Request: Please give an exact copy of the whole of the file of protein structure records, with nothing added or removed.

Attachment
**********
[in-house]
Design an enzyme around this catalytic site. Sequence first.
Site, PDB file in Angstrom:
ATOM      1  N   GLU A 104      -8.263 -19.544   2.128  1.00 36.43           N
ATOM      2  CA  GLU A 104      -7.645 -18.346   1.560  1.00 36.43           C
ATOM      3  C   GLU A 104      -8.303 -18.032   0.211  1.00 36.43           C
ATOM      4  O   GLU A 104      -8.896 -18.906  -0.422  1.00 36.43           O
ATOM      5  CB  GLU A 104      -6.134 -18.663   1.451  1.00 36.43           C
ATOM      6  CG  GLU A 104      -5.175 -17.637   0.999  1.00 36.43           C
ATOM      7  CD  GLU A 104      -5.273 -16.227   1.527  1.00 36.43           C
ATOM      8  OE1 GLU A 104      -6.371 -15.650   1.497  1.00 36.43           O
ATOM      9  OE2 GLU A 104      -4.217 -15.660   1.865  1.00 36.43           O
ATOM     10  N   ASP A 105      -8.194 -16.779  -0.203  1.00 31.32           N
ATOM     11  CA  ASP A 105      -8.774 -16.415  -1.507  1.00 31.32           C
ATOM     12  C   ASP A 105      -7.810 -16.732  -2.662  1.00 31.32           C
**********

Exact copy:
[in-house]
Design an enzyme around this catalytic site. Sequence first.
Site, PDB file in Angstrom:
ATOM      1  N   GLU A 104      -8.263 -19.544   2.128  1.00 36.43           N
ATOM      2  CA  GLU A 104      -7.645 -18.346   1.560  1.00 36.43           C
ATOM      3  C   GLU A 104      -8.303 -18.032   0.211  1.00 36.43           C
ATOM      4  O   GLU A 104      -8.896 -18.906  -0.422  1.00 36.43           O
ATOM      5  CB  GLU A 104      -6.134 -18.663   1.451  1.00 36.43           C
ATOM      6  CG  GLU A 104      -5.175 -17.637   0.999  1.00 36.43           C
ATOM      7  CD  GLU A 104      -5.273 -16.227   1.527  1.00 36.43           C
ATOM      8  OE1 GLU A 104      -6.371 -15.650   1.497  1.00 36.43           O
ATOM      9  OE2 GLU A 104      -4.217 -15.660   1.865  1.00 36.43           O
ATOM     10  N   ASP A 105      -8.194 -16.779  -0.203  1.00 31.32           N
ATOM     11  CA  ASP A 105      -8.774 -16.415  -1.507  1.00 31.32           C
ATOM     12  C   ASP A 105      -7.810 -16.732  -2.662  1.00 31.32           C